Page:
Eva Illouz writes: [T]he critiques of Israel in the United States are increasingly waged by Jews, not anti-Semites. The initiators and leaders of the Boycott Divestment and Sanctions movement are such respected academics as Judith Butler, Jacqueline Rose, Noam Chomsky, Hilary Rose and Larry Gross, all Jews.
If Israel is indeed singled out among the many nations that have a bad record in human rights, it is because of the personal sense of shame and embarrassment that a large number of Jews in the Western world feel toward a state that, by its policies and ethos, does not represent them anymore. As Peter Beinart has been cogently arguing for some time now, the Jewish people seems to have split into two distinct factions: One that is dominated by such imperatives as “Israeli security,” “Jewish identity” and by the condemnation of “the world’s double standards” and “Arabs’ unreliability”; and a second group of Jews, inside and outside Israel, for whom human rights, freedom, and the rule of law are as visceral and fundamental to their identity as membership to Judaism is for the first group. Supreme irony of history: Israel has splintered the Jewish people around two radically different moral visions of Jews and humanity.
If we are to find an appropriate analogy to understand the rift inside the Jewish people, let us agree that the debate between the two groups is neither ethnic (we belong to the same ethnic group) nor religious (the Judith Butlers of the world are not trying to push a new or different religious dogma, although the rift has a certain, but imperfect, overlap with the religious-secular positions). Nor is the debate a political or ideological one, as Israel is in fact still a democracy. Rather, the poignancy, acrimony and intensity of the debate are about two competing and ultimately incompatible conceptions of morality.
[W]hat started as a national and military conflict has morphed into a form of domination of Palestinians that now increasingly borders on conditions of slavery. If we understand slavery as a condition of existence and not as ownership and trade of human bodies, the domination that Israel has exercised over Palestinians turns out to have created the matrix of domination that I call a “condition of slavery.”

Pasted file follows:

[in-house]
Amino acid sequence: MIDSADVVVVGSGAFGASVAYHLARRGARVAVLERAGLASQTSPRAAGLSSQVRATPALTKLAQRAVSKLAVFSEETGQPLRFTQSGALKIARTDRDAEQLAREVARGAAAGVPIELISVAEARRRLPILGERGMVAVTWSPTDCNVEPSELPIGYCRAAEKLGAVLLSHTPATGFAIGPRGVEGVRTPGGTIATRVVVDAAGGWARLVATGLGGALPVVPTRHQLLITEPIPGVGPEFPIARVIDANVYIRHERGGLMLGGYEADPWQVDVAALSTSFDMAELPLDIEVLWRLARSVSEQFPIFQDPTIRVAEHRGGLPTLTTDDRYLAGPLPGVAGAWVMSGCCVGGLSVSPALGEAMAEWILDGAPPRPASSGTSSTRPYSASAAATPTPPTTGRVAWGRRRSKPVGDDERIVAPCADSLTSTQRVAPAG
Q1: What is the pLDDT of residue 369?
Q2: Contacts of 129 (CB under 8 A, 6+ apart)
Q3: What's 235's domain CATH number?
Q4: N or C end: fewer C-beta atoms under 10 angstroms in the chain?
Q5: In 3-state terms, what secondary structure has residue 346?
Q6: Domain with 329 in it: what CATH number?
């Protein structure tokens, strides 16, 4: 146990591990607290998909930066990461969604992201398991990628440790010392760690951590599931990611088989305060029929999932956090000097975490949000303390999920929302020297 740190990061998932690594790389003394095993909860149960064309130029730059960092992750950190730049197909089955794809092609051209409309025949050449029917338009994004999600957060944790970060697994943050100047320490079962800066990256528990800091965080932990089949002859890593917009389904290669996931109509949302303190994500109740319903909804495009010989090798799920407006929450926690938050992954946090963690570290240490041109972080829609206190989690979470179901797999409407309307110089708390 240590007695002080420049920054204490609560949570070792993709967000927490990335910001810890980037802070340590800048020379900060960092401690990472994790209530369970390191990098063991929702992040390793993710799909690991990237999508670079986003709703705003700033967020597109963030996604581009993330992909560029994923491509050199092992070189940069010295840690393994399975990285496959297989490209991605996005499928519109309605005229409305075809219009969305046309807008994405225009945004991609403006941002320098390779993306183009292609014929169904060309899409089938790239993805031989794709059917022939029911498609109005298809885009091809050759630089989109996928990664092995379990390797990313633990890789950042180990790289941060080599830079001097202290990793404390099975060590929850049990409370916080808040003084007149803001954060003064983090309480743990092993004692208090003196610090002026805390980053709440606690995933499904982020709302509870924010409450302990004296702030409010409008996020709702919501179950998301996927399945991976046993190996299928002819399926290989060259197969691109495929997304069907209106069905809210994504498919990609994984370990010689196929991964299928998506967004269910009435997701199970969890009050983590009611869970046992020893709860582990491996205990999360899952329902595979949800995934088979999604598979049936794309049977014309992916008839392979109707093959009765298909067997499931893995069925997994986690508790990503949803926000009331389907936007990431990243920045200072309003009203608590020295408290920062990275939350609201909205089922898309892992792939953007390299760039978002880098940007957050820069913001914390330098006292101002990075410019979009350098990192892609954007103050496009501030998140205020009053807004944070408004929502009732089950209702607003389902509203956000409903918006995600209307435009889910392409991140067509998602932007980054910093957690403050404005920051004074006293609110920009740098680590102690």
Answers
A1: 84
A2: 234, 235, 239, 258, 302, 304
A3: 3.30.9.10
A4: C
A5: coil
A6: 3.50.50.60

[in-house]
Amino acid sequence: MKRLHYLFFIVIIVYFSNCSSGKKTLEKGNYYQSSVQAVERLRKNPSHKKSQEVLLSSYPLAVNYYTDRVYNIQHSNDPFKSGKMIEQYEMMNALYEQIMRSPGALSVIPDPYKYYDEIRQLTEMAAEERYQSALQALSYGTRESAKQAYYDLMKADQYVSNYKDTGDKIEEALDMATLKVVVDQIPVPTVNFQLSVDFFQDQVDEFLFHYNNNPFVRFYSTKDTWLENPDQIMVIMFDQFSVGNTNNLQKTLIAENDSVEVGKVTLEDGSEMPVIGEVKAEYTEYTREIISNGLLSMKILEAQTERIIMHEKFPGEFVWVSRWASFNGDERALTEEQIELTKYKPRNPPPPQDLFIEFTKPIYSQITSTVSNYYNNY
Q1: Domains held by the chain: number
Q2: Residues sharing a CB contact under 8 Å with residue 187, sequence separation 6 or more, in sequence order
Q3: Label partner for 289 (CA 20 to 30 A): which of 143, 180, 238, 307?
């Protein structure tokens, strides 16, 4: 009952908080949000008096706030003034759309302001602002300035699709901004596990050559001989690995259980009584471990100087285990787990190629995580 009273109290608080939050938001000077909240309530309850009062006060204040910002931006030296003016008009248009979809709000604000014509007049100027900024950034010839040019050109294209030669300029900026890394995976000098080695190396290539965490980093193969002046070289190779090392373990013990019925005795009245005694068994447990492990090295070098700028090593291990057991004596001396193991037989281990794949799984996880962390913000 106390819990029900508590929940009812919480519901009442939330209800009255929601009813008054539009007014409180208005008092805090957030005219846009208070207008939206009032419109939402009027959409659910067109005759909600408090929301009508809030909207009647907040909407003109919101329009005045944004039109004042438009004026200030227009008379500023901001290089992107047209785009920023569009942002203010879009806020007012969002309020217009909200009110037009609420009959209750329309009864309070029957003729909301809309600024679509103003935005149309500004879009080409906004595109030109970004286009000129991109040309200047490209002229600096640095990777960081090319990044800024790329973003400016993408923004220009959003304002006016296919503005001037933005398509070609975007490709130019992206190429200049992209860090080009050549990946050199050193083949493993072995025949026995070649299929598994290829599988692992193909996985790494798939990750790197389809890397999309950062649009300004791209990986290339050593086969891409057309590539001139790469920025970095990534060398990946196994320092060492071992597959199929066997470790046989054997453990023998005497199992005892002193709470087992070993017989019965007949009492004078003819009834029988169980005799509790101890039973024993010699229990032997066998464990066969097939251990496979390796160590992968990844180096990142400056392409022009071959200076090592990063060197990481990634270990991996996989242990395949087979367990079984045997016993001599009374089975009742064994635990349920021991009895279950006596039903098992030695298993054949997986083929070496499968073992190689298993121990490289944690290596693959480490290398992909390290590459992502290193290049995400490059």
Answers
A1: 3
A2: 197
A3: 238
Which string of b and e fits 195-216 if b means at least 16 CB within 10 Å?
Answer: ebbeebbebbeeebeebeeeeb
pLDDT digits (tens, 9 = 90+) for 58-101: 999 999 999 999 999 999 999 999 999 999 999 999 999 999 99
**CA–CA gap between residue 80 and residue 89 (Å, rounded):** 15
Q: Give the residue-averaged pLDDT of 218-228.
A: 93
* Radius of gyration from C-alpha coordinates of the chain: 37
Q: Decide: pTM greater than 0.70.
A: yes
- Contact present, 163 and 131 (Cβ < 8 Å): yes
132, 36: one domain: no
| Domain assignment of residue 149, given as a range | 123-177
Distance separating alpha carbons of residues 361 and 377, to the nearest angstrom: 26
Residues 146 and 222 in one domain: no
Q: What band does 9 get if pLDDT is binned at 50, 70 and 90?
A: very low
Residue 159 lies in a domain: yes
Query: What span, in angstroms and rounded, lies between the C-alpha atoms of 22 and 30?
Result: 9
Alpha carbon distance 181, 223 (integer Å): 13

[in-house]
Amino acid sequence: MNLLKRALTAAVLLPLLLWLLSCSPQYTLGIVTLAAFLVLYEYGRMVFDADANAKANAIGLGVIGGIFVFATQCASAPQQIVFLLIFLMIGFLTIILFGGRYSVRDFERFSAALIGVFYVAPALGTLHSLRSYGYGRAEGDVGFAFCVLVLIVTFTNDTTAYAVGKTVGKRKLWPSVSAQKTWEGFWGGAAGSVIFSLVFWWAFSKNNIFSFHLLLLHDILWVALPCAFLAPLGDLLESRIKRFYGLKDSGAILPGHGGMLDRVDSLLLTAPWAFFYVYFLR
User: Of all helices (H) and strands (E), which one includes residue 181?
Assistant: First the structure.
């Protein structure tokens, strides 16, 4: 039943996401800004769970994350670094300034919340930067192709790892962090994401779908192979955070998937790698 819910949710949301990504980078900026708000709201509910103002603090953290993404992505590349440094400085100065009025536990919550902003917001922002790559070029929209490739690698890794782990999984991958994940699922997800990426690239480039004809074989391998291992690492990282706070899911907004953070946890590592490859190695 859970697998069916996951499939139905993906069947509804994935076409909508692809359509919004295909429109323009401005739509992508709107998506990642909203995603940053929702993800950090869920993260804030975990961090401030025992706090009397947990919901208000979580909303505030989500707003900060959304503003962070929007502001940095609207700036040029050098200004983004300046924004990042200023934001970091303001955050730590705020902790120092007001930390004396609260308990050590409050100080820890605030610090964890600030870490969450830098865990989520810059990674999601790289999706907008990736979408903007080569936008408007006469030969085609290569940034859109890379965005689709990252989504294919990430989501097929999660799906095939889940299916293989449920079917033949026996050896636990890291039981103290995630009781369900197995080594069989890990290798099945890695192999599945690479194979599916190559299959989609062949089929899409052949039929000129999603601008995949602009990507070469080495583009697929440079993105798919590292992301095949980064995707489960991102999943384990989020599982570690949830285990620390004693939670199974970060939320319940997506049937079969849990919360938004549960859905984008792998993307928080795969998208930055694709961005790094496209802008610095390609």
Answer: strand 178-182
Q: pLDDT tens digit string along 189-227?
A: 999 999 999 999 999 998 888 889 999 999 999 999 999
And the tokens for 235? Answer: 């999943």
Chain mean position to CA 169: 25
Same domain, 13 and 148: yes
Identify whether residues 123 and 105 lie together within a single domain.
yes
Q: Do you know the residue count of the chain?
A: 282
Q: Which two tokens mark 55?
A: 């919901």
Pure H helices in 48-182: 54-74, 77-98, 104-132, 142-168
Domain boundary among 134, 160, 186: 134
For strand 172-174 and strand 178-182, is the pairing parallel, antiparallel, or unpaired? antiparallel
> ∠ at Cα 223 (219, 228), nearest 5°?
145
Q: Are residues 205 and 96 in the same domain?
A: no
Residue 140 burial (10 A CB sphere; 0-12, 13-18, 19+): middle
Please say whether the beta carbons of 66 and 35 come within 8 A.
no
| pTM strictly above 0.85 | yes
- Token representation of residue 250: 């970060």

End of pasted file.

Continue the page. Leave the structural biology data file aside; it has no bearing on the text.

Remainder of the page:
The Palestinian Prisoner Affairs Ministry has documented that between 1967 and 2012, Israeli authorities arrested some 800,000 Palestinians by power of the “military code.” (A more conservative assessment from Israeli sources documented that 700,000 Palestinians were detained between 1967 and 2008.) This number is astounding, especially in light of the fact that this represents as much as 40 percent of the entire male population. When a large part of the adult male population is arrested, it means that the lives of a large number of breadwinners, the heads of a family, are disrupted, alienated and made into the object of the arbitrary power of the army. In fact, which nation would create a Prisoner Affairs Ministry if imprisonment was not such a basic aspect of its life?
These facts also mean that a significant portion of the non-incarcerated population lives under the constant fear and threat of imprisonment. [Continue reading…]